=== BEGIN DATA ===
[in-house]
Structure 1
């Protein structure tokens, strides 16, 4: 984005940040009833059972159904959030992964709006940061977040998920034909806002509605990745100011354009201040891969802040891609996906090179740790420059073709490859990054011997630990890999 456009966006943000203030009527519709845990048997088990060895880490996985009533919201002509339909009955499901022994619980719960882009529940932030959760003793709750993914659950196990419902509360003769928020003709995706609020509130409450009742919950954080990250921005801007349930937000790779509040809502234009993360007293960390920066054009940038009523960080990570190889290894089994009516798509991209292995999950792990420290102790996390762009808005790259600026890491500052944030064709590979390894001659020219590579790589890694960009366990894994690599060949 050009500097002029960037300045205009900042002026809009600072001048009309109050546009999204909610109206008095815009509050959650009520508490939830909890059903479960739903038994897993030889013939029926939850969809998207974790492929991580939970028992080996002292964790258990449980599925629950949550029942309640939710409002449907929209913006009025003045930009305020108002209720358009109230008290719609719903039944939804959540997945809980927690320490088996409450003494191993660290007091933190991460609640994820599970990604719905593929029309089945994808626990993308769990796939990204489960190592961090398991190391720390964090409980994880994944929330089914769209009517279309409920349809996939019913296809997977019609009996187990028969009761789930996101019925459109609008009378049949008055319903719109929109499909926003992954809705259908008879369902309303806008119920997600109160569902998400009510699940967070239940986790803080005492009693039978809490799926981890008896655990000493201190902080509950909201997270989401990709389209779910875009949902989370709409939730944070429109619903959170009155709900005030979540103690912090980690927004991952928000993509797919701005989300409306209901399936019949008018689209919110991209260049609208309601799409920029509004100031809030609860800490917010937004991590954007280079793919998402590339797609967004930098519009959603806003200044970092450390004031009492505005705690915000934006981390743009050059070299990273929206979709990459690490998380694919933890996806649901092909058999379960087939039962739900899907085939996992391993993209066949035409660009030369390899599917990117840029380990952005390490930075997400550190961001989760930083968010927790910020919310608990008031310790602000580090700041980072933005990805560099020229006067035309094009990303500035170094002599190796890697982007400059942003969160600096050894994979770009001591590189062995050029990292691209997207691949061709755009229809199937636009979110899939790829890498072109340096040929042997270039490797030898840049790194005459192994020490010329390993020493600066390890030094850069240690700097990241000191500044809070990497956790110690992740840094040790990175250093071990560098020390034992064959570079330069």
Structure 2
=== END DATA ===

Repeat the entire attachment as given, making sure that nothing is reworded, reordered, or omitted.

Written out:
[in-house]
Structure 1
């Protein structure tokens, strides 16, 4: 984005940040009833059972159904959030992964709006940061977040998920034909806002509605990745100011354009201040891969802040891609996906090179740790420059073709490859990054011997630990890999 456009966006943000203030009527519709845990048997088990060895880490996985009533919201002509339909009955499901022994619980719960882009529940932030959760003793709750993914659950196990419902509360003769928020003709995706609020509130409450009742919950954080990250921005801007349930937000790779509040809502234009993360007293960390920066054009940038009523960080990570190889290894089994009516798509991209292995999950792990420290102790996390762009808005790259600026890491500052944030064709590979390894001659020219590579790589890694960009366990894994690599060949 050009500097002029960037300045205009900042002026809009600072001048009309109050546009999204909610109206008095815009509050959650009520508490939830909890059903479960739903038994897993030889013939029926939850969809998207974790492929991580939970028992080996002292964790258990449980599925629950949550029942309640939710409002449907929209913006009025003045930009305020108002209720358009109230008290719609719903039944939804959540997945809980927690320490088996409450003494191993660290007091933190991460609640994820599970990604719905593929029309089945994808626990993308769990796939990204489960190592961090398991190391720390964090409980994880994944929330089914769209009517279309409920349809996939019913296809997977019609009996187990028969009761789930996101019925459109609008009378049949008055319903719109929109499909926003992954809705259908008879369902309303806008119920997600109160569902998400009510699940967070239940986790803080005492009693039978809490799926981890008896655990000493201190902080509950909201997270989401990709389209779910875009949902989370709409939730944070429109619903959170009155709900005030979540103690912090980690927004991952928000993509797919701005989300409306209901399936019949008018689209919110991209260049609208309601799409920029509004100031809030609860800490917010937004991590954007280079793919998402590339797609967004930098519009959603806003200044970092450390004031009492505005705690915000934006981390743009050059070299990273929206979709990459690490998380694919933890996806649901092909058999379960087939039962739900899907085939996992391993993209066949035409660009030369390899599917990117840029380990952005390490930075997400550190961001989760930083968010927790910020919310608990008031310790602000580090700041980072933005990805560099020229006067035309094009990303500035170094002599190796890697982007400059942003969160600096050894994979770009001591590189062995050029990292691209997207691949061709755009229809199937636009979110899939790829890498072109340096040929042997270039490797030898840049790194005459192994020490010329390993020493600066390890030094850069240690700097990241000191500044809070990497956790110690992740840094040790990175250093071990560098020390034992064959570079330069």
Structure 2